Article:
During the pandemic, another 2.3 million ads were posted for what he classified as jobs with job opportunities — ones that pay more than the $36,660 national median wage and are available to workers without four years of college education.
Much of the increase was due to higher demand from companies that were short of workers as many people left the labor market for health, family or personal reasons. But Mr. Wardrip found that 38 percent of the increase was due to lower education requirements for some occupations.
Large companies that have moved to skills-based hiring in recent years say the move has given them a stronger and more diverse workforce.
A few years ago, Wells Fargo reviewed its hiring and career development practices as part of a broader review. At that time, recalls Carly Sanchez, executive vice president of hiring and recruiting, the question arose: “Are we removing some of the best talent?”
The bank decided that this was the case and changed its practice. Today, more than 90 percent of jobs at Wells Fargo do not require four years of education, “almost the exact opposite for us” from five years earlier, Ms. Sanchez said.
Accenture launched an apprenticeship program in 2016. What started as a small corporate citizenship initiative of less than 20 students has become an important part of recruiting and hiring a technology consulting and services company.
Accenture this week announced its goal to fill 20 percent of its entry-level vacancies in America through an apprenticeship program in the current fiscal year ending in August. This year the company plans to recruit 800 students.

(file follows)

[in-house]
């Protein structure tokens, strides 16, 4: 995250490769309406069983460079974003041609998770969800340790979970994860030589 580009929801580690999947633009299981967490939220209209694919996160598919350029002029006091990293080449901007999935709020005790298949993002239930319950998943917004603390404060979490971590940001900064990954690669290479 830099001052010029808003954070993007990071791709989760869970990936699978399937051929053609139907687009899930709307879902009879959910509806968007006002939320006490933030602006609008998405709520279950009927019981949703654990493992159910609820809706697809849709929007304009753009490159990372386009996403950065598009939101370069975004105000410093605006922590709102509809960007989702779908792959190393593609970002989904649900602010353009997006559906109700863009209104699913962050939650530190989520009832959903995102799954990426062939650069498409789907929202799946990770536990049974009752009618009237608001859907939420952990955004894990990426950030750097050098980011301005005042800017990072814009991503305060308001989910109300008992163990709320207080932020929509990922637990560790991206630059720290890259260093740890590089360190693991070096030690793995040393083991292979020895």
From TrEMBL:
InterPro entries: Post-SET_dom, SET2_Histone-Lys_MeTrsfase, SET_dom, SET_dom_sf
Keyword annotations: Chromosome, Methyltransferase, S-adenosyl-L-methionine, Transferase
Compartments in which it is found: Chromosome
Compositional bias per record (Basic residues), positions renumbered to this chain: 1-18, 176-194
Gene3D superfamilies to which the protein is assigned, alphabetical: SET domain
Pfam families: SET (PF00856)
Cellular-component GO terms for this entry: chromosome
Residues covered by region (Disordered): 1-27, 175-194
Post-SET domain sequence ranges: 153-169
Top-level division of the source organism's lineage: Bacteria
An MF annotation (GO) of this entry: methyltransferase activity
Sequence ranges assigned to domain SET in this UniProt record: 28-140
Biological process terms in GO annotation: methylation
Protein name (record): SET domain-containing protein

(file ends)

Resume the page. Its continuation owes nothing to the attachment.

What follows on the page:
The company said the apprentices they hired excelled in performance and retention. They often bring skills and traits from past jobs or military service, such as teamwork, communication, persistence, and curiosity—so-called soft skills that are important to clients on technology projects.
In the transition to skills-based hiring, [email protected] and other groups refer to such workers as STAR for skilled alternative routes. The term is intended to emphasize the skills that the majority of American workers have acquired, rather than the degree they lack.
Accenture’s apprenticeship program began with training people to work in back office technical support, but it has become a path to highly skilled technicians working on client projects, said Jimmy Etheridge, chief executive of Accenture North America.
“I was surprised at how far the tech apprenticeship program has come,” he said. “I didn’t think it would get as big as it is now.”
After completing a year-long internship program, 28-year-old Del Walker from Chicago became an Accenture full-time employee in 2020. Ms. Walker, like 80 percent of those who completed the program, does not have a college degree. But she has held a number of positions, completed a course at a local college in nursing and information technology, and is an alumnus of Year Up, a national non-profit vocational training program.
Ms. Walker currently works as a software development analyst working with software development teams and clients of Accenture, recently a major fast food company. She has mastered technical skills, such as basic programming and software testing techniques, and improves them both at work and by taking online courses on her own.
“If a new skill set comes up, I learn it,” said Ms. Walker, whose goal is to become a software engineer at Accenture.
Ms. Walker declined to say how much she earns, but her circumstances have definitely changed. “Now I can buy things,” she said. “If I want to buy an expensive handbag, I can.”